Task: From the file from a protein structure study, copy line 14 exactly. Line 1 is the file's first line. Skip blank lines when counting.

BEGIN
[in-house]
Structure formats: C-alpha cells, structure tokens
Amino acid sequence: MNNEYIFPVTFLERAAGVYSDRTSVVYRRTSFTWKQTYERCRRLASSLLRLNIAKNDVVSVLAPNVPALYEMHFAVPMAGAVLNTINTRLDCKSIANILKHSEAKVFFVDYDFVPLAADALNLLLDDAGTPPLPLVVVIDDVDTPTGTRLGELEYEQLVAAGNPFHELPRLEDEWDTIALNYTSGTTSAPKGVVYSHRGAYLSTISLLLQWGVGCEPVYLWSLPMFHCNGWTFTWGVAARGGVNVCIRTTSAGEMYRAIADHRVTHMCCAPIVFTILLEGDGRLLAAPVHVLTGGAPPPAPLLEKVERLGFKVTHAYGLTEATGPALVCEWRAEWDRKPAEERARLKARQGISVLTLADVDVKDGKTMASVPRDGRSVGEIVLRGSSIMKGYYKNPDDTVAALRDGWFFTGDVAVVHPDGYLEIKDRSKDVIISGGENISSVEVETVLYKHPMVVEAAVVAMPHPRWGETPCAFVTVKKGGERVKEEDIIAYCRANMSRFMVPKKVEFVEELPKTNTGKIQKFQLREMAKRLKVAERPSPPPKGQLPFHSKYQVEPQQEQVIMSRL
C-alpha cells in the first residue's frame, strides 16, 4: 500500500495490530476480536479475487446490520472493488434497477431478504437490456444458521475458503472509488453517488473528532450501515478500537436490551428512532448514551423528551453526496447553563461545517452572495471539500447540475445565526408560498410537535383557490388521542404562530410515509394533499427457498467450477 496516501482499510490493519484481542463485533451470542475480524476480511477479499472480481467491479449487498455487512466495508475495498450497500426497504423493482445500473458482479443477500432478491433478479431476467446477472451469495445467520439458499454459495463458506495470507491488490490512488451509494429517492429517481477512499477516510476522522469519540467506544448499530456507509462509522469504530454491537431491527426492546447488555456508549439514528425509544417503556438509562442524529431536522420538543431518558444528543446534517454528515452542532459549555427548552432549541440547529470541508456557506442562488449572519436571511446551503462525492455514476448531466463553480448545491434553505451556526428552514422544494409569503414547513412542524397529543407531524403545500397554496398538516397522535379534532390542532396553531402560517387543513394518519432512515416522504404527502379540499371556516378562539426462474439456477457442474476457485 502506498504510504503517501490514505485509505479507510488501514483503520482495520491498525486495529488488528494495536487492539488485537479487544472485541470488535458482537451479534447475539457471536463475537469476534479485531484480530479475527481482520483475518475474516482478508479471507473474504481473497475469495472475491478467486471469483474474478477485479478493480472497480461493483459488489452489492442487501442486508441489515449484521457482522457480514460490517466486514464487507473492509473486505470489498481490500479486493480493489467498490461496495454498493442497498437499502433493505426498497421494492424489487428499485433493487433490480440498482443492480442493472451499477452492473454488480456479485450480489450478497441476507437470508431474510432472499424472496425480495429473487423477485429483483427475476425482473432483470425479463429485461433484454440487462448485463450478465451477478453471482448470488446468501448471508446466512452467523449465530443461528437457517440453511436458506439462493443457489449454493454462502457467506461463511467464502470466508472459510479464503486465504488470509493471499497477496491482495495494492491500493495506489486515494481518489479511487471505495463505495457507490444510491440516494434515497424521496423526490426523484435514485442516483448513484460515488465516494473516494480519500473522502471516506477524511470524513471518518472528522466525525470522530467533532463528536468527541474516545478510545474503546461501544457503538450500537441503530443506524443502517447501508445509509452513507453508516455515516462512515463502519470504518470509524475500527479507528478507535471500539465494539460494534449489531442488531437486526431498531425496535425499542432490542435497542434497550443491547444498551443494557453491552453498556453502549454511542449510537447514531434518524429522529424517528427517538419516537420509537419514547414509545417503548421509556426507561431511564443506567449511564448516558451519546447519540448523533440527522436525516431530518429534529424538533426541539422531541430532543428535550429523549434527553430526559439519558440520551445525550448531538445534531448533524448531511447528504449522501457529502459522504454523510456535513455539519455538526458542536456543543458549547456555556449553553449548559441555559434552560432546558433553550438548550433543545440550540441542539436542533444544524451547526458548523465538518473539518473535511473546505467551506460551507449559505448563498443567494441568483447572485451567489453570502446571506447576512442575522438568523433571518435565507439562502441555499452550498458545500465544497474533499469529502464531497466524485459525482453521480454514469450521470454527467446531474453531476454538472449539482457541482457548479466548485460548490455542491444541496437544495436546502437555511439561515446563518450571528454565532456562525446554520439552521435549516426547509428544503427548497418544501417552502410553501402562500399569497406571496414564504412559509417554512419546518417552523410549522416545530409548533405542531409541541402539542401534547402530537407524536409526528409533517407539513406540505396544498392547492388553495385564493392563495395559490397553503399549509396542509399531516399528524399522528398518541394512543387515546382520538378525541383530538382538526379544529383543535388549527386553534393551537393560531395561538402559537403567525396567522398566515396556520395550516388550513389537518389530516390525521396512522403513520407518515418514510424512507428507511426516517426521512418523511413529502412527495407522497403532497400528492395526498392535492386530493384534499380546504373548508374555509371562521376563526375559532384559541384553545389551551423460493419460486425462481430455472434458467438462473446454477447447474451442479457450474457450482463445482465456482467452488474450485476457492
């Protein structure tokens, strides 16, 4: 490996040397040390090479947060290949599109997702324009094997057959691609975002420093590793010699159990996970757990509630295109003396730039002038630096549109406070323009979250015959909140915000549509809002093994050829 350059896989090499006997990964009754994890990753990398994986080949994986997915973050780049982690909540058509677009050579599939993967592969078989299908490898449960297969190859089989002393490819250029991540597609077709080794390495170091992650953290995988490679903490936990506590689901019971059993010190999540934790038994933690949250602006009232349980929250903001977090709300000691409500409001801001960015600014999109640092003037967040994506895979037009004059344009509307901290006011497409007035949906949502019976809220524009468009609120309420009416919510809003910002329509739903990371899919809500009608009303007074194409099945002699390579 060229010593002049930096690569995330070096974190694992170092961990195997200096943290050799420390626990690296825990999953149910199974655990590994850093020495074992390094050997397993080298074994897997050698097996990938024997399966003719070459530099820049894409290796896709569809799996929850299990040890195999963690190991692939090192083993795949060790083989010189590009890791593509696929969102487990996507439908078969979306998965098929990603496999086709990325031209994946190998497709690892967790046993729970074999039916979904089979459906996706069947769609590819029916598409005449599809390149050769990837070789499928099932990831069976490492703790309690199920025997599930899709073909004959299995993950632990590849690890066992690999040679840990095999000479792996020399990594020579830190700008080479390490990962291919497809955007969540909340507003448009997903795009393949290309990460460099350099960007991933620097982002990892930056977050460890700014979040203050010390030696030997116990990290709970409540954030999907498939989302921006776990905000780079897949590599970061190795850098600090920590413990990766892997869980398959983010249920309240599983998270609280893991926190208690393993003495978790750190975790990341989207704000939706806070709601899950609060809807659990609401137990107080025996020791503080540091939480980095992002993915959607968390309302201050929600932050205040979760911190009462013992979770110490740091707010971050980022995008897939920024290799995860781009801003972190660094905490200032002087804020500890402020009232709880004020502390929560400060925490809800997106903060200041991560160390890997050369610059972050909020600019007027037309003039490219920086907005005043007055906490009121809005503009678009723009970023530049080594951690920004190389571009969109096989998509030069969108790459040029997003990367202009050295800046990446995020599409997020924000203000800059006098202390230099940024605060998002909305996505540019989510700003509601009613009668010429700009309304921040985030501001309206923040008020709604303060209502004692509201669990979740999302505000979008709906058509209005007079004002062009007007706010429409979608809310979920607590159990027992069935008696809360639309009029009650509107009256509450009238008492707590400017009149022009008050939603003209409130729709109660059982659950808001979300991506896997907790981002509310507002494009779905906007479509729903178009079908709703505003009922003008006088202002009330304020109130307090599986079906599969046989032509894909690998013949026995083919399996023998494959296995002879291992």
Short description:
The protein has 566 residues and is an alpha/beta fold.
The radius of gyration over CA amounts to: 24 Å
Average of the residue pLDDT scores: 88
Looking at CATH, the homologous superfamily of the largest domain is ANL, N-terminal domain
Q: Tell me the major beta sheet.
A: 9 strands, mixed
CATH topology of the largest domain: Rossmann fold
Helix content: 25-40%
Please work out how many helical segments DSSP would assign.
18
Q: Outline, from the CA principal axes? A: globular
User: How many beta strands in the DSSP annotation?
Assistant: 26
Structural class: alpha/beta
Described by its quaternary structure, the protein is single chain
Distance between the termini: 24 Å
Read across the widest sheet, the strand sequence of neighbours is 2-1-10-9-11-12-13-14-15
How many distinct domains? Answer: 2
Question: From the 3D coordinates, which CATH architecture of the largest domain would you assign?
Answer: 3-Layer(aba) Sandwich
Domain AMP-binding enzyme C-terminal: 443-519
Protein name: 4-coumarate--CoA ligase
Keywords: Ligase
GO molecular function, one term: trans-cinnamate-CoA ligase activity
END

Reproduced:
Helix content: 25-40%